|Andrew Garfield in The Amazing Spiderman|
Film Grade: B- (B for not a bad film, but seriously, you've got to come up with something better.)
Rewind 10 years back — way back, I know — and that’s when Sam Raimi’s Spiderman first came out. I don’t know about you, but I feel older saying that. Those 10 years flew by, nevertheless, and in movie time, that’s no time at all.
Filmmakers must be desperate for good material, then, because that’s hardly enough time to redo the film so soon — another “nail in the coffin” to their lack of originality, as film critic Leonard Maltin put it.
What’s different about this Spidey story, The Amazing Spiderman? Well, it’s slightly closer to the comic book in that Peter Parker dates Gwen Stacy in high school, instead of Mary Jane. There’s also a new villain.
Otherwise, it’s the same fill-in-the-formula superhero flick — Peter gets bit by a spider, becomes Spiderman, power and responsibility, etc. The trailer looked like it would explore more of Petey’s past; and while the film certainly hinted a direction, especially with the disappearance of his parents, it largely left it unexplored without tying in the loose ends.
As actors go, Andrew Garfield and Martin Sheen fit their parts especially, giving depth, sensitivity and quirks to their characters. Andrew Garfield is a less dorky Peter Parker than Tobey Maguire’s, but more perfectly captures the real teen struggles, in a kind of chagrined, nervous, and yet charming fashion. He is motivated to do good because he desires justice; he respects authority but still defies it; he knows in his head what’s right to do, but struggles ordering his heart to do it. All very relatable qualities that Garfield has no trouble making us believe in.
Emma Stone too adds a fresh face to the franchise, exuding confidence yet vulnerability. The film, however, leaves her skills without much breathing space and her character unexplored for the most part. Most of the film’s meat is focused on the romance between her character, Gwen Stacy, and Peter, providing all of the heart and humor. But its passion, while having the potential to lead to deeper themes, leaves it at just mostly passion.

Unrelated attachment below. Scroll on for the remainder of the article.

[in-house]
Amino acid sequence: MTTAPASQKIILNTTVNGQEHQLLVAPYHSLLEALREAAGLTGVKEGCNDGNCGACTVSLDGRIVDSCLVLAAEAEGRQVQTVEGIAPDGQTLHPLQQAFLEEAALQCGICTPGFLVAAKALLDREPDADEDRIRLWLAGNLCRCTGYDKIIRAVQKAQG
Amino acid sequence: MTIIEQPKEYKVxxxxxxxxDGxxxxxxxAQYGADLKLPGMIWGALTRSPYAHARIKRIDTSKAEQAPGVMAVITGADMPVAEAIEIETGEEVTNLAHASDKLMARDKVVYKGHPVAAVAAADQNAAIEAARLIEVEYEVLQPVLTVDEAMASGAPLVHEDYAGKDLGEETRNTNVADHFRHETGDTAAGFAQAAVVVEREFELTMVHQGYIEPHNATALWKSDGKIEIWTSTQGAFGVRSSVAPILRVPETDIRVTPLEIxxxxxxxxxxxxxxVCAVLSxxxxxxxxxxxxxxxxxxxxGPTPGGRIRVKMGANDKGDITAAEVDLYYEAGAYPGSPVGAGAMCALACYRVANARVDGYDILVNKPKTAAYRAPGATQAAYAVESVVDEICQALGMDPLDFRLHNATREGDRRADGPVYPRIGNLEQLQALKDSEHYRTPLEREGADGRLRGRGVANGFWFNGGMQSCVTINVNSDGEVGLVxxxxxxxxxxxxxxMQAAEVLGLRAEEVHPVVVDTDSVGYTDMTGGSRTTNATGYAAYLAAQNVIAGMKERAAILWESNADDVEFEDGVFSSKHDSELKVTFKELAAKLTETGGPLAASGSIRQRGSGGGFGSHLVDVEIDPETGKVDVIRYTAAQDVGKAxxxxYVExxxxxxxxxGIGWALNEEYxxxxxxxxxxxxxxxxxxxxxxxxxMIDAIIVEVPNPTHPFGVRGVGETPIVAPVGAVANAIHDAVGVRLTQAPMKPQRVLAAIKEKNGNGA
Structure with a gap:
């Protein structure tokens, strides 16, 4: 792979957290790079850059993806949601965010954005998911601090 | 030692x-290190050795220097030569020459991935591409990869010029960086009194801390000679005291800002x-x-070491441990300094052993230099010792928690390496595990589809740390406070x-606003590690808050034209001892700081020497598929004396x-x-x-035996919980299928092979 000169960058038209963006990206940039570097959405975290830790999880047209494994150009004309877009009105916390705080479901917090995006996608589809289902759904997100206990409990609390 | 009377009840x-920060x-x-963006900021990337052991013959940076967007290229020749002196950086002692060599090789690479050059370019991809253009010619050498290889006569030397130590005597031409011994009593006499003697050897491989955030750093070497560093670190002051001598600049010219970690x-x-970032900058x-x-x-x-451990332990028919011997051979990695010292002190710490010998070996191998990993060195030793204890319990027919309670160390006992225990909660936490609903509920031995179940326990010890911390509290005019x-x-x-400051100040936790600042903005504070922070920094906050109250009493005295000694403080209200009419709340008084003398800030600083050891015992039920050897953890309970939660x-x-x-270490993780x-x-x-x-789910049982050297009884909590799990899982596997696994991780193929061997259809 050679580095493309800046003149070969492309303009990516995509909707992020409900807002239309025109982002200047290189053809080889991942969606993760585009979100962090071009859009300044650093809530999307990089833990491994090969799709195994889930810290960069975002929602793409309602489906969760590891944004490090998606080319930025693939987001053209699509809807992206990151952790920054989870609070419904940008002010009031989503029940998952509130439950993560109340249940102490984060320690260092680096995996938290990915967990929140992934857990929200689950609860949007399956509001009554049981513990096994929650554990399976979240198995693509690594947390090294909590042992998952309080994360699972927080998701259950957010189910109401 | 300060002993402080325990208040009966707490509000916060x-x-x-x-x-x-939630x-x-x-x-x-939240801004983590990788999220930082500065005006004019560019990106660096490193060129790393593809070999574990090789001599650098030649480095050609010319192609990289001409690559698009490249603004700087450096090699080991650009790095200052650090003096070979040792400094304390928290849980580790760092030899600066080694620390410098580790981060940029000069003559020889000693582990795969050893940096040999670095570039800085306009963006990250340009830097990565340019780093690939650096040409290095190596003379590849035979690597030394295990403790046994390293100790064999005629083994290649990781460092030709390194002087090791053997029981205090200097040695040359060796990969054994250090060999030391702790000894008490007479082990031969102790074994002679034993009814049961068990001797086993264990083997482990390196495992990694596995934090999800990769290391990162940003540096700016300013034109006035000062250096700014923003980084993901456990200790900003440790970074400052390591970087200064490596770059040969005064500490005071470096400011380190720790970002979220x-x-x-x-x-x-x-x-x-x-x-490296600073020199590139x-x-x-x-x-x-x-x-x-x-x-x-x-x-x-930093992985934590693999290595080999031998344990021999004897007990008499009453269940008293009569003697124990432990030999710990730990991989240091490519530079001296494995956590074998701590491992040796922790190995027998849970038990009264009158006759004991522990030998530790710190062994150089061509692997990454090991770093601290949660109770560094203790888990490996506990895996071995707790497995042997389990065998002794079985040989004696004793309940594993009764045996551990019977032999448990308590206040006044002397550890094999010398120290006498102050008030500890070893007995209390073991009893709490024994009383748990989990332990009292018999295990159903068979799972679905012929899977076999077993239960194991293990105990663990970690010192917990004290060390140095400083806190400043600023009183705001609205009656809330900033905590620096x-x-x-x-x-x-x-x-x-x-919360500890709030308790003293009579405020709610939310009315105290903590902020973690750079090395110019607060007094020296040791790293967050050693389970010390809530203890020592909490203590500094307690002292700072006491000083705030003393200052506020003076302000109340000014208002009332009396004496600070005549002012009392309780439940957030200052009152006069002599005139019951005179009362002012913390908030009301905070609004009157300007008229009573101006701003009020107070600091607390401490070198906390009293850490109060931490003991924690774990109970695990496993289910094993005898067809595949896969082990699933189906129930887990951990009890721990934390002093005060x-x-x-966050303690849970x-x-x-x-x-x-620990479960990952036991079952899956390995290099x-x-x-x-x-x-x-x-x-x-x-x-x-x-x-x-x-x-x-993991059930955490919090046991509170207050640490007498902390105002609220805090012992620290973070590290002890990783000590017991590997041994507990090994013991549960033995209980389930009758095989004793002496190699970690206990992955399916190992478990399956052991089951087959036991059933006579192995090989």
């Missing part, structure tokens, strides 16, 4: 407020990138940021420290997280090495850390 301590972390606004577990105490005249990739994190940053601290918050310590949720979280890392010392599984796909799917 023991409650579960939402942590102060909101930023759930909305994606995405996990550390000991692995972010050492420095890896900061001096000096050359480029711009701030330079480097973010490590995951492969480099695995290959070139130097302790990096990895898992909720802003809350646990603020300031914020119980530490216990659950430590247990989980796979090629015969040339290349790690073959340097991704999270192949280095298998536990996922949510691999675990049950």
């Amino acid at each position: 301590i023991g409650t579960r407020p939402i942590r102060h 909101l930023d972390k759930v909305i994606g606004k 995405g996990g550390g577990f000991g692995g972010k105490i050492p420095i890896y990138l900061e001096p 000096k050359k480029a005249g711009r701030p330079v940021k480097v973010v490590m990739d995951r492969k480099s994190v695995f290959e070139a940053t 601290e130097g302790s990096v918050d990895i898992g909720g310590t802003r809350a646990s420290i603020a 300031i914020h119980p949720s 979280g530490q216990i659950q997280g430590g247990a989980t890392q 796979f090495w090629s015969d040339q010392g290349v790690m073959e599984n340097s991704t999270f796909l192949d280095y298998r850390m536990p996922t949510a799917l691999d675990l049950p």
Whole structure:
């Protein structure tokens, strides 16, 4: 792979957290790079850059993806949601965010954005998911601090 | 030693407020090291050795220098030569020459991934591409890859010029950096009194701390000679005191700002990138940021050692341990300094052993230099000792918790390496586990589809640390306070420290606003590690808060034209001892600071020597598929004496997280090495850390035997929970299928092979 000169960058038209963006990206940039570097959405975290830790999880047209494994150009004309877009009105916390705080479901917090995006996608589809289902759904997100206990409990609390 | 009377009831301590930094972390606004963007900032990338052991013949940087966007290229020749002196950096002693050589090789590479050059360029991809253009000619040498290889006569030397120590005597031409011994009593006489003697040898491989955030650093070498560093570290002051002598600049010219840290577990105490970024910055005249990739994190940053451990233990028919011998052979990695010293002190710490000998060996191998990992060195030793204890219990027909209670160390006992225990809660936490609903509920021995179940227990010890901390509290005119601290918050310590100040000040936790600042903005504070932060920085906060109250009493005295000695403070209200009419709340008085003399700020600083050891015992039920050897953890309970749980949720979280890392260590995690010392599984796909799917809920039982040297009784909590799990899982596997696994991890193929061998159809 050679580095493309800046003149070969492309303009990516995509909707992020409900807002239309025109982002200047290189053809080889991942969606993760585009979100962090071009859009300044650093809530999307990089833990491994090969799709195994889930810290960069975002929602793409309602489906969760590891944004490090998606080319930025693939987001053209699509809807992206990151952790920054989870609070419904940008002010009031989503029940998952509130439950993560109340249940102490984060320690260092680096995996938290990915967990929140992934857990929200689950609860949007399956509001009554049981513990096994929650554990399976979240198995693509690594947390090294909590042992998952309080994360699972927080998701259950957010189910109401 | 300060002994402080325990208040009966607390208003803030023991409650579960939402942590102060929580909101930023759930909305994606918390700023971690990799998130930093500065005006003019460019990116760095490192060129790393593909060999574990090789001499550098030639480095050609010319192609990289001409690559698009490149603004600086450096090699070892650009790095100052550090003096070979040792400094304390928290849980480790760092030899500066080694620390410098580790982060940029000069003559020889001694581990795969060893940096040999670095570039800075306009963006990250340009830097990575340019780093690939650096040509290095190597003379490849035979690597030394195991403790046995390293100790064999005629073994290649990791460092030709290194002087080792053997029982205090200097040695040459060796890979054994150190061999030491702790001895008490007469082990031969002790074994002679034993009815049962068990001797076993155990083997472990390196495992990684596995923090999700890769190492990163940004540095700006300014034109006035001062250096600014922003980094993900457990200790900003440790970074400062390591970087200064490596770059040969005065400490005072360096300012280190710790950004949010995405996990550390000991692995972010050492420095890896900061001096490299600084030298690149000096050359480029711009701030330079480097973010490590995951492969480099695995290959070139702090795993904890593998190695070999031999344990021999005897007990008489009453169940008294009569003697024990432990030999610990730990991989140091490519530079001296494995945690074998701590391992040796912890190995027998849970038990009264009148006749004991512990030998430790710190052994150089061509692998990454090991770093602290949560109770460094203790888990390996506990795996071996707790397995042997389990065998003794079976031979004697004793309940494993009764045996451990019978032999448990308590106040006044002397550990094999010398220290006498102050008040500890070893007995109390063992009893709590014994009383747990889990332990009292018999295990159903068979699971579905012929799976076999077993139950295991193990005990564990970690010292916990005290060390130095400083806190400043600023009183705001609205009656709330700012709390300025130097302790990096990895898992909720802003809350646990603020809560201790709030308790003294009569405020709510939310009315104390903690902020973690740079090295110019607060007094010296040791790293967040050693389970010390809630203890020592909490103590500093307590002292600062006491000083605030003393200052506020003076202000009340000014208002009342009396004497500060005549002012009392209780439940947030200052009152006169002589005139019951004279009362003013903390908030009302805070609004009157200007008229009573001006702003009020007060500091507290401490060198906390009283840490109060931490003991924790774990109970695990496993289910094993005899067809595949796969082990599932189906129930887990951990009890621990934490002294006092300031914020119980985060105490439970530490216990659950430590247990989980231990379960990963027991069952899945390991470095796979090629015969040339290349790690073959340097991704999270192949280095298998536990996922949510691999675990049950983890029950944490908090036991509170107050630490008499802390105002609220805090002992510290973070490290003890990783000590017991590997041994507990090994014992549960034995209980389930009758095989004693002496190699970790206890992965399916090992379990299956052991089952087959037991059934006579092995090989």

The best quality of the film, undoubtedly, is Spiderman’s tale of using the gifts one is given for common good. It's a lesson we should all be reminded of from time to time. Uncle Ben, like in the first Spidey film, reiterates it saying, “We have a responsibility to (do good) if we have the power to do it.”
I guess, going into the movie, I was expecting a reason as to why they remade it, some drastic change or updating of the franchise, like Christopher Nolan did with Batman. I was as little disappointed then, that besides giving Parker the proper girlfriend per the comics, it didn’t look or feel any different. It’s certainly not a bad film; it’s just that we’ve seen the story told the same way before, with different actors.
To compare superhero franchises, Christopher Nolan reinvented the character of Batman, exploring philosophical questions and the deeper recesses of the human heart. Nolan treats the character of Bruce Wayne almost with reverence, as Wayne symbolizes virtue, and living out virtue when no one else believes in it — a far cry from Tim Burton’s Batman. In this film, director Marc Webb could have taken similar artistic rein — but merely recreates the same formula of his predecessor, lacking both creativity and a unique stamp of his own to put to the franchise.
Still, it’s worth a watch simply because Spiderman himself is a timeless hero. We relate to him, as he was a normal guy with normal struggles. That essence in this film — a normal guy living a heroic life —doesn’t fail to inspire.